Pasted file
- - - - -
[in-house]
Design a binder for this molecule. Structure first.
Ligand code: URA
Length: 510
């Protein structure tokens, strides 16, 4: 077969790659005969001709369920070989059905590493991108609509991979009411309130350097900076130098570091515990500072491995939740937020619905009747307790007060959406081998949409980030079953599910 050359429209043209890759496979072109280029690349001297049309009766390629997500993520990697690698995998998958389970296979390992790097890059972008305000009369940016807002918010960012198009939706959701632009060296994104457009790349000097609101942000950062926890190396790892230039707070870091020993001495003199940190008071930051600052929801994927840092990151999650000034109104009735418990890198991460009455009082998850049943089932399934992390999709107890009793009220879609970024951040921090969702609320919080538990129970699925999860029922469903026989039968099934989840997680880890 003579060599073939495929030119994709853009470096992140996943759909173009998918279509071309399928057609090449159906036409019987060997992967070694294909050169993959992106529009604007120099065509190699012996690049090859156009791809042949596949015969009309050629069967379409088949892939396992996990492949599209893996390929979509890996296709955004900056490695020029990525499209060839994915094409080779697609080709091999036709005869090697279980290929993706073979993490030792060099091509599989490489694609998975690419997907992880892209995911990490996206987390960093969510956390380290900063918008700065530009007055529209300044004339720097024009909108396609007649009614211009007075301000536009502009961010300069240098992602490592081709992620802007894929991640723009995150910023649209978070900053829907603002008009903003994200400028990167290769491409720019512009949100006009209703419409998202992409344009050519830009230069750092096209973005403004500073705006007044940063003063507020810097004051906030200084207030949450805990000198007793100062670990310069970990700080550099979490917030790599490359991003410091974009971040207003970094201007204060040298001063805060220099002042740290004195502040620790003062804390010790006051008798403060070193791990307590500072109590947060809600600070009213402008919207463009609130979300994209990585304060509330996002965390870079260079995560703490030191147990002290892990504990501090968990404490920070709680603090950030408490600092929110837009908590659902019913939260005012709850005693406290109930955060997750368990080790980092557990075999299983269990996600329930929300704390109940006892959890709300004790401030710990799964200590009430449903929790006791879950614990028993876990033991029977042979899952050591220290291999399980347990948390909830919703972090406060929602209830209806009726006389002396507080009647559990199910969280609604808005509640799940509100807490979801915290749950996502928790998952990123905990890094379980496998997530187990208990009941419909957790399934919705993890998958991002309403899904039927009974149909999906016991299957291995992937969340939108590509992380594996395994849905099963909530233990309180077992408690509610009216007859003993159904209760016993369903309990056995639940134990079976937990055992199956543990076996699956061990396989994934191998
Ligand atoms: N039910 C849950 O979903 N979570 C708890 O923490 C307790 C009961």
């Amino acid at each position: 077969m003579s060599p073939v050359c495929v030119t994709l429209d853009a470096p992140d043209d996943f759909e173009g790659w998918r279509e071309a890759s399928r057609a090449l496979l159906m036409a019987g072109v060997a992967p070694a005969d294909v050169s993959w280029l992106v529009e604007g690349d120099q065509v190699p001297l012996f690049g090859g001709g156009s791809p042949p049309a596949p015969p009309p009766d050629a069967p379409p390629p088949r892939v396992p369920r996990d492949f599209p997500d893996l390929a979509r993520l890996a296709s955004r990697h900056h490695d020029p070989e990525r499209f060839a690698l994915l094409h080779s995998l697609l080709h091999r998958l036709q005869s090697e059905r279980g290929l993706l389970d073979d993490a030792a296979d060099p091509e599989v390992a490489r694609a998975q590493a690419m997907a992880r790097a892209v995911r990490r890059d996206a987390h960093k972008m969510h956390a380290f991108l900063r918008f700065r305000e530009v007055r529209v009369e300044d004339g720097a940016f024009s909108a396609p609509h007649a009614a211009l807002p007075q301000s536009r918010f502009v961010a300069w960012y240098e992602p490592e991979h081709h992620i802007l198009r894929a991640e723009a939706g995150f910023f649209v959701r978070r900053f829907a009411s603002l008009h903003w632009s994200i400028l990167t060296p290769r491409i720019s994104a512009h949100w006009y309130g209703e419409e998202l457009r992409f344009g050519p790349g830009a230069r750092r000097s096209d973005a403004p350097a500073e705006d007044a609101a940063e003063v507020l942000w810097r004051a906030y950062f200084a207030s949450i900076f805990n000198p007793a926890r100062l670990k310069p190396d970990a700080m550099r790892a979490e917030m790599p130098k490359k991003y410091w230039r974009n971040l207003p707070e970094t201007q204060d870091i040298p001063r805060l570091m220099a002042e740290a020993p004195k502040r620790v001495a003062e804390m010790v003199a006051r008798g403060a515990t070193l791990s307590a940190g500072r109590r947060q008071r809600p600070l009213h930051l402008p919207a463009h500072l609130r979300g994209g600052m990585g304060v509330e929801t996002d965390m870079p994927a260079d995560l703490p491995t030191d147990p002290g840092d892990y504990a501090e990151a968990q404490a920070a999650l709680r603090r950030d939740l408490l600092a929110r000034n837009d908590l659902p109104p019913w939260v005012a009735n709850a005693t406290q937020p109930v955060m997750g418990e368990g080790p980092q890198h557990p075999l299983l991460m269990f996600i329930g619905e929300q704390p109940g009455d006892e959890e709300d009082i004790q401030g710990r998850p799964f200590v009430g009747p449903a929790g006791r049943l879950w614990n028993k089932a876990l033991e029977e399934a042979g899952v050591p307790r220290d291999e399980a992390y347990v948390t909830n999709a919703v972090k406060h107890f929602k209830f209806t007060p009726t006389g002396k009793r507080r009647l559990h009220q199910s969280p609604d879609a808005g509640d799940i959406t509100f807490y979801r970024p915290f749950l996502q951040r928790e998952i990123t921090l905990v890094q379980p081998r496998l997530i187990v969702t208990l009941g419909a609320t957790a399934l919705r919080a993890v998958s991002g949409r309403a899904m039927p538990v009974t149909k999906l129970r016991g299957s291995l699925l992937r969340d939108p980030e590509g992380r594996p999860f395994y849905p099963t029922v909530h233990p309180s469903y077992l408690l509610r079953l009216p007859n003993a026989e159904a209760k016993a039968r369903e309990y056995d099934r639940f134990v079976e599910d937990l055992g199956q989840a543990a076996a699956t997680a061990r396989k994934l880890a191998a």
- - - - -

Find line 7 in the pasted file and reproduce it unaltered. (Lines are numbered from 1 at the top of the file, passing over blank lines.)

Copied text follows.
């Amino acid at each position: 077969m003579s060599p073939v050359c495929v030119t994709l429209d853009a470096p992140d043209d996943f759909e173009g790659w998918r279509e071309a890759s399928r057609a090449l496979l159906m036409a019987g072109v060997a992967p070694a005969d294909v050169s993959w280029l992106v529009e604007g690349d120099q065509v190699p001297l012996f690049g090859g001709g156009s791809p042949p049309a596949p015969p009309p009766d050629a069967p379409p390629p088949r892939v396992p369920r996990d492949f599209p997500d893996l390929a979509r993520l890996a296709s955004r990697h900056h490695d020029p070989e990525r499209f060839a690698l994915l094409h080779s995998l697609l080709h091999r998958l036709q005869s090697e059905r279980g290929l993706l389970d073979d993490a030792a296979d060099p091509e599989v390992a490489r694609a998975q590493a690419m997907a992880r790097a892209v995911r990490r890059d996206a987390h960093k972008m969510h956390a380290f991108l900063r918008f700065r305000e530009v007055r529209v009369e300044d004339g720097a940016f024009s909108a396609p609509h007649a009614a211009l807002p007075q301000s536009r918010f502009v961010a300069w960012y240098e992602p490592e991979h081709h992620i802007l198009r894929a991640e723009a939706g995150f910023f649209v959701r978070r900053f829907a009411s603002l008009h903003w632009s994200i400028l990167t060296p290769r491409i720019s994104a512009h949100w006009y309130g209703e419409e998202l457009r992409f344009g050519p790349g830009a230069r750092r000097s096209d973005a403004p350097a500073e705006d007044a609101a940063e003063v507020l942000w810097r004051a906030y950062f200084a207030s949450i900076f805990n000198p007793a926890r100062l670990k310069p190396d970990a700080m550099r790892a979490e917030m790599p130098k490359k991003y410091w230039r974009n971040l207003p707070e970094t201007q204060d870091i040298p001063r805060l570091m220099a002042e740290a020993p004195k502040r620790v001495a003062e804390m010790v003199a006051r008798g403060a515990t070193l791990s307590a940190g500072r109590r947060q008071r809600p600070l009213h930051l402008p919207a463009h500072l609130r979300g994209g600052m990585g304060v509330e929801t996002d965390m870079p994927a260079d995560l703490p491995t030191d147990p002290g840092d892990y504990a501090e990151a968990q404490a920070a999650l709680r603090r950030d939740l408490l600092a929110r000034n837009d908590l659902p109104p019913w939260v005012a009735n709850a005693t406290q937020p109930v955060m997750g418990e368990g080790p980092q890198h557990p075999l299983l991460m269990f996600i329930g619905e929300q704390p109940g009455d006892e959890e709300d009082i004790q401030g710990r998850p799964f200590v009430g009747p449903a929790g006791r049943l879950w614990n028993k089932a876990l033991e029977e399934a042979g899952v050591p307790r220290d291999e399980a992390y347990v948390t909830n999709a919703v972090k406060h107890f929602k209830f209806t007060p009726t006389g002396k009793r507080r009647l559990h009220q199910s969280p609604d879609a808005g509640d799940i959406t509100f807490y979801r970024p915290f749950l996502q951040r928790e998952i990123t921090l905990v890094q379980p081998r496998l997530i187990v969702t208990l009941g419909a609320t957790a399934l919705r919080a993890v998958s991002g949409r309403a899904m039927p538990v009974t149909k999906l129970r016991g299957s291995l699925l992937r969340d939108p980030e590509g992380r594996p999860f395994y849905p099963t029922v909530h233990p309180s469903y077992l408690l509610r079953l009216p007859n003993a026989e159904a209760k016993a039968r369903e309990y056995d099934r639940f134990v079976e599910d937990l055992g199956q989840a543990a076996a699956t997680a061990r396989k994934l880890a191998a």